Postoperative Rigid Cervical Collar Leads to Less Axial Neck Pain in the Early Stage After Open-Door Laminoplasty—A Single-Blinded Randomized Controlled Trial

Neurosurgery, Volume 85, Issue 3, September 2019, Pages 325–334

Cervical collars are used after laminoplasty to protect the hinge opening, reduce risks of hinge fractures, and avoid spring-back phenomena. However, their usemay lead to reduced range of motion and worse neck pain.

OBJECTIVE: To investigate the clinical, radiological, and functional outcomes of patients undergoing single-door laminoplasty with or without collar immobilization.

METHODS: This was a prospective, parallel, single-blinded randomized controlled trial. Patients underwent standardized single-door laminoplasty with mini-plates for cervical myelopathy and were randomly allocated into 2 groups based on the use of collar postoperatively. Clinical assessments included cervical range of motion, axial neck pain (VAS [visual analogue scale]), and objective scores (short-form 36-item, neck disability index, andmodified Japanese Orthopaedic Association). All assessmentswere performed preoperativelyandatpostoperative 1, 2, 3, and 6 wk, and 3, 6, and 12 mo. Comparative analysis was performed via analysis of variance adjusted by baseline scores, sex, and age as covariates.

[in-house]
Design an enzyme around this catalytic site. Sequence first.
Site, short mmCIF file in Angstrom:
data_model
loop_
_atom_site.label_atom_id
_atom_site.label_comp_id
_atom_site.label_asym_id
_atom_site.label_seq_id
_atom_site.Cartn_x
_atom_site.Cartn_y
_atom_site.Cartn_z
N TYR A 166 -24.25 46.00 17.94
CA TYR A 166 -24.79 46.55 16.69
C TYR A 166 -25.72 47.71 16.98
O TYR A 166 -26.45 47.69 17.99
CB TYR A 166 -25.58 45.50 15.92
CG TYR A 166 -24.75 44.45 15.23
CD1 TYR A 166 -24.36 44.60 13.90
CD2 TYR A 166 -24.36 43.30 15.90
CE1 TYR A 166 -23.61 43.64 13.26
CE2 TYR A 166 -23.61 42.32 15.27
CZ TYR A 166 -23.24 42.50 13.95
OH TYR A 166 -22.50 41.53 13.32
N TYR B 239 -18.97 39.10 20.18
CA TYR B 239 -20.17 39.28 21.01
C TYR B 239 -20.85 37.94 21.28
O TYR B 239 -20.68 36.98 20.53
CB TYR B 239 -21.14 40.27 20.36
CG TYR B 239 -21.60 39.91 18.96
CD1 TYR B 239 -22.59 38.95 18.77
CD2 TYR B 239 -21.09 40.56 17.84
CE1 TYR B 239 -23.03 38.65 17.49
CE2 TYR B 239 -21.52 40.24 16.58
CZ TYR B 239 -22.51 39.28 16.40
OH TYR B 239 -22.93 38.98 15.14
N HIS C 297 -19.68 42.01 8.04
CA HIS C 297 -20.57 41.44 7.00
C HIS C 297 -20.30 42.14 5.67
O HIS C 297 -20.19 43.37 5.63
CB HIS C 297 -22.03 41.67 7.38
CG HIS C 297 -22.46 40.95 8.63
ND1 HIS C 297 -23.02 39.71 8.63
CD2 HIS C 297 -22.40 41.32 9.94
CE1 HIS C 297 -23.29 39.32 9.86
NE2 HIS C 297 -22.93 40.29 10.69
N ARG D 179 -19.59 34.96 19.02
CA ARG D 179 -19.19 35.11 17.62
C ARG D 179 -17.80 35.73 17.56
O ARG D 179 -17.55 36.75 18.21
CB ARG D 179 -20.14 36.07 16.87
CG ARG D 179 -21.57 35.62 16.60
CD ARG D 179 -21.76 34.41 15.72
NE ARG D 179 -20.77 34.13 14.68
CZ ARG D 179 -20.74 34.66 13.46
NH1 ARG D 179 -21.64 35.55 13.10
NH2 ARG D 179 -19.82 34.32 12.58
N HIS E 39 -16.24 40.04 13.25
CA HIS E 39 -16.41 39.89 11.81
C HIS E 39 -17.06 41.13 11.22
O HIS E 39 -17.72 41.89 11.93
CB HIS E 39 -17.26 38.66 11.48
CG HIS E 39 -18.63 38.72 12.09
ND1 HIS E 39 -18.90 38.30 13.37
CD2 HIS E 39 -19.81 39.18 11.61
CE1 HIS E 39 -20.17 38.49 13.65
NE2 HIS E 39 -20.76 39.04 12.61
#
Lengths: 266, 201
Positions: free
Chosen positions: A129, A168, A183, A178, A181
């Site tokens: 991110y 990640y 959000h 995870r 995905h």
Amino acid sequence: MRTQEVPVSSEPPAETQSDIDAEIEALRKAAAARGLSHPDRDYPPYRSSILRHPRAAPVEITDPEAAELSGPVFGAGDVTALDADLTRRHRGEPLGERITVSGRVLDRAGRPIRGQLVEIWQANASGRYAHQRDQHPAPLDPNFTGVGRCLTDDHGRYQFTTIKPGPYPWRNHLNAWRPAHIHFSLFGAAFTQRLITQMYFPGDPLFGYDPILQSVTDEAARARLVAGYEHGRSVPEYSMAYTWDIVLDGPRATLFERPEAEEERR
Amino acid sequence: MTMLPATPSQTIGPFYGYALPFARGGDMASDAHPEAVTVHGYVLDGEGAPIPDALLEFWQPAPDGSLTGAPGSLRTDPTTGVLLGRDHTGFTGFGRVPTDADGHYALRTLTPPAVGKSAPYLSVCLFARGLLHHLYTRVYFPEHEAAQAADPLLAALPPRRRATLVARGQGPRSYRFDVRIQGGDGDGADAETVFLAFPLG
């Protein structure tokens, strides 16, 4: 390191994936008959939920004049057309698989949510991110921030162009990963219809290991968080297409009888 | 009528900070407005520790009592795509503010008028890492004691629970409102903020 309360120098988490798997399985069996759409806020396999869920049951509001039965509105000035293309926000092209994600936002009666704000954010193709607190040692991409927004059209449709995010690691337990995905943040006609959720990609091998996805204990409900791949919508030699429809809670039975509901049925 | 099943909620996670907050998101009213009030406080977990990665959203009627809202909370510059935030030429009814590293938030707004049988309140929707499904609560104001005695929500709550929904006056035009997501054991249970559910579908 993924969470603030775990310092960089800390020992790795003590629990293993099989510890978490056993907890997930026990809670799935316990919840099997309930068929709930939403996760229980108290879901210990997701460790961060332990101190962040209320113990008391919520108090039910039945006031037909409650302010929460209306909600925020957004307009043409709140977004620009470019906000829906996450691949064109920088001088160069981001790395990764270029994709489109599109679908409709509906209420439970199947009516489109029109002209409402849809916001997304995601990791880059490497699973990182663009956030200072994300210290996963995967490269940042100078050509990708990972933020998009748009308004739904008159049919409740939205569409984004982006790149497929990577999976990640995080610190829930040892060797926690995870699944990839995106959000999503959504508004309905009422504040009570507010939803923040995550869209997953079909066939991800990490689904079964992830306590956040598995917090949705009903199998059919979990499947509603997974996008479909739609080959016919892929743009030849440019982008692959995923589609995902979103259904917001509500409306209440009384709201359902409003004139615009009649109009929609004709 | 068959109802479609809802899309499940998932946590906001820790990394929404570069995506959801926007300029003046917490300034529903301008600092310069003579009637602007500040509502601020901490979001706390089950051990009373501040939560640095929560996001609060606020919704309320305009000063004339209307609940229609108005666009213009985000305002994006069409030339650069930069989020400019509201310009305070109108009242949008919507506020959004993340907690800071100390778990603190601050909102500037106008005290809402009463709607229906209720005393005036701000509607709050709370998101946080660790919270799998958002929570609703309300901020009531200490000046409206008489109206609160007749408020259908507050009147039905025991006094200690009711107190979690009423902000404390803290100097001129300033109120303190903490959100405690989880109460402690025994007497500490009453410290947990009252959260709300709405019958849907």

RESULTS: A total of 35 patients were recruited and randomized to collar use (n = 16) and without (n = 19). There were no dropouts or complications. There were no differences between groups at baseline. Subjects had comparable objective scores and range of motion at postoperative time-points. Patientswithout collar use had higher VAS at postoperative 1 wk (5.4 vs 3.5; P = .038) and 2 wk (3.5 vs 1.5; P = .028) but subsequently follow-up revealed no differences between the 2 groups.

CONCLUSION: The use of a rigid collar after laminoplasty leads to less axial neck pain in the first 2 wk after surgery. However, there is no additional benefit with regards to range of motion, quality of life, and complication risk.